# What is the Dunn-Bonferroni test?

The Dunn-Bonferroni post-hoc test is a statistical procedure used to compare multiple pairs of means (averages) in a group of data. It is often used after conducting a statistical test that compares means, such as an analysis of variance (ANOVA). The purpose of the Dunn-Bonferroni test is to identify which pairs of means are significantly different from each other.

The Dunn-Bonferroni test works by adjusting the alpha level (the level of statistical significance) to account for the number of pairs of means being compared. This is necessary because the more pairs of means that are compared, the greater the chance that a difference between means will be found simply by chance. By adjusting the alpha level, the Dunn-Bonferroni test helps to control for this problem, known as the "multiple comparisons problem."

# How to perform a Dunn-Bonferroni test?

To use the Dunn-Bonferroni test, you need to have data that are organized into groups and have at least two groups with at least two measurements in each group. You would then run an ANOVA to test for significant differences between the groups. If the ANOVA indicates that there are significant differences between the groups, you can use the Dunn-Bonferroni test to identify which pairs of means are significantly different from each other.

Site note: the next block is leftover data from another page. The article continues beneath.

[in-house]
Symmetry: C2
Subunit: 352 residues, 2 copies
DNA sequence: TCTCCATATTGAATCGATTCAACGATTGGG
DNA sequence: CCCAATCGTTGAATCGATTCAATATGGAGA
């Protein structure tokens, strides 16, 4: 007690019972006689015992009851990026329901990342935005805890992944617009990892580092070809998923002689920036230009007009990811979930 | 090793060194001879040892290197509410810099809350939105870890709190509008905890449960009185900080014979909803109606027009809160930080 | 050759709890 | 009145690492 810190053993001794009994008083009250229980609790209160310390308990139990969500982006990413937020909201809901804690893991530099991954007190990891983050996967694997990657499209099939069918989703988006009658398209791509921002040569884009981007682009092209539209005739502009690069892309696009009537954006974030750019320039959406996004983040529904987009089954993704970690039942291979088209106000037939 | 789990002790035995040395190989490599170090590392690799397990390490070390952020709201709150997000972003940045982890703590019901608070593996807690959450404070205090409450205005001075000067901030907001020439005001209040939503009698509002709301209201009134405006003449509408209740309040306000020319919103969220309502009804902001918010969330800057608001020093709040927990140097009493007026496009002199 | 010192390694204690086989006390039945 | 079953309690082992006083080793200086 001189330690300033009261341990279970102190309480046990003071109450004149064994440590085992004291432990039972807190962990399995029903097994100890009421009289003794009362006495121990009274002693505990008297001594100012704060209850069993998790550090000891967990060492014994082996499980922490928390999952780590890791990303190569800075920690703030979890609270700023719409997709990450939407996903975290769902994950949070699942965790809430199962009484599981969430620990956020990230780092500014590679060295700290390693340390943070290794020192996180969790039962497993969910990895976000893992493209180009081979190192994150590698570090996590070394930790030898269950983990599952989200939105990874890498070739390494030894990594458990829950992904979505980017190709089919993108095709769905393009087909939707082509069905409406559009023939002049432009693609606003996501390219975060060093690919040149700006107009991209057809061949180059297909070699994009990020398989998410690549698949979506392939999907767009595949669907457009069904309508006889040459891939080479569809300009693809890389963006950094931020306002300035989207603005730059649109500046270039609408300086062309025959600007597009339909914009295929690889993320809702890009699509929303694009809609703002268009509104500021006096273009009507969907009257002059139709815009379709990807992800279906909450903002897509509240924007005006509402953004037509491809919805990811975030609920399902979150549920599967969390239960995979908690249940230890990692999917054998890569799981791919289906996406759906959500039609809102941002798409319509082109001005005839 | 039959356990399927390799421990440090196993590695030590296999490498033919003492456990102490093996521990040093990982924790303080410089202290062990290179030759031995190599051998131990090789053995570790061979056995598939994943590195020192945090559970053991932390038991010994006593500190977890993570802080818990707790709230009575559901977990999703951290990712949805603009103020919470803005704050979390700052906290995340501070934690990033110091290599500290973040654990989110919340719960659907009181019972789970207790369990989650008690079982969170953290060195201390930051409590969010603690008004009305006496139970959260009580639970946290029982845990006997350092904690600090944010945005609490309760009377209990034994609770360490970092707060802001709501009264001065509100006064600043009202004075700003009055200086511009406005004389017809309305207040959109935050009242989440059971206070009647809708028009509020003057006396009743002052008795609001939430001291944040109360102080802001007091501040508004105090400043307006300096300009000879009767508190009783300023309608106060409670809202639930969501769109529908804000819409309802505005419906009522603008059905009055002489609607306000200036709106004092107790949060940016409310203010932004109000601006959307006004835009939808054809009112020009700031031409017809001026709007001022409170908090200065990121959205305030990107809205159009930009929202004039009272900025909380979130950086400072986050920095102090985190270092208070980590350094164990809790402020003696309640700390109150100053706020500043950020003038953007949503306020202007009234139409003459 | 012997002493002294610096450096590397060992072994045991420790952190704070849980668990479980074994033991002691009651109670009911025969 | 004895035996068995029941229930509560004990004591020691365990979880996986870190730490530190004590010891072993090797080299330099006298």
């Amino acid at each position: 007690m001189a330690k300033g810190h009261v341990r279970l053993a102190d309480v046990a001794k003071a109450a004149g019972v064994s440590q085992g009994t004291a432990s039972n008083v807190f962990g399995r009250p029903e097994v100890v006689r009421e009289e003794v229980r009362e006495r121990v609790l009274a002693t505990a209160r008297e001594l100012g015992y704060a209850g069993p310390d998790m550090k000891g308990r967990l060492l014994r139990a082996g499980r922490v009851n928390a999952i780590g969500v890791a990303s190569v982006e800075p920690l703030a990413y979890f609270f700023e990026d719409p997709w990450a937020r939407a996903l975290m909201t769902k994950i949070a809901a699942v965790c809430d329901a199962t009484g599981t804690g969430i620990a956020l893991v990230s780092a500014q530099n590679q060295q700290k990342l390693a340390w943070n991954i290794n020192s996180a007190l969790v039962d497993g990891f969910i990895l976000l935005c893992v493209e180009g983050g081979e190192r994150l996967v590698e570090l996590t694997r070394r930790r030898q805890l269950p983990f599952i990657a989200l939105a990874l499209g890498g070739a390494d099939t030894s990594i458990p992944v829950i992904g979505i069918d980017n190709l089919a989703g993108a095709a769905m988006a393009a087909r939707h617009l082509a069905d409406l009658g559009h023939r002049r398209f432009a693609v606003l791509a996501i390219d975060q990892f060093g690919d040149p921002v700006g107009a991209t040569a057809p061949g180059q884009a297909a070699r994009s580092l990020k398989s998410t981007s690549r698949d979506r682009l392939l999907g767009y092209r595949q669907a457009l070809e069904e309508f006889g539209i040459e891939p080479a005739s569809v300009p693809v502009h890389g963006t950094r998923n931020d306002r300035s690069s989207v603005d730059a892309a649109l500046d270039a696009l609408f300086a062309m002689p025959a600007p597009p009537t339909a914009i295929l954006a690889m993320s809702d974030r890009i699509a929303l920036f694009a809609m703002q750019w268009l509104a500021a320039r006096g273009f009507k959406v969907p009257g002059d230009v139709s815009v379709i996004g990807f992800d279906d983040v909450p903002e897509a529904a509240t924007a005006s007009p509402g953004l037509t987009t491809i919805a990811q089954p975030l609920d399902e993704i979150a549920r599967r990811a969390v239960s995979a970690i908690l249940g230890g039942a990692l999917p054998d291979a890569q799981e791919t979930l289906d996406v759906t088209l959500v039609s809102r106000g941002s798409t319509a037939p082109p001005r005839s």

- Open the menu "Statistics" and click on "Test variables"
- Select a Numeric variable
- Select a List variable. This variable should be composed of at least 3 modalities
- Open the panel "Compare values of ... (ANOVA)"
- If the p-value of the test is below the significance threshold (usually p<0.05), the Dunn-Bonferroni test is performed automatically

# The Dunn-Bonferroni test is not performed, why?

There are several reasons why the Dunn-Bonferroni test would not be performed:

- The p-value of the ANOVA is not below the significance threshold (p>0.05). In this case, it is not recommended to perform a Dunn-Bonferroni test
- An ANOVA has not been performed because the conditions were not met. For example, a Kruskal-Wallis test may have been performed instead of an ANOVA. In this case, the post-hoc test is usually a non-parametric test like the Nemenyi's method.
- The variables you have chosen are not appropriate for an ANOVA. Indeed, 2 variables are required for an ANOVA: a Numeric variable and a List variable with at least 3 modalities
- You do not have enough data to perform these kinds of tests

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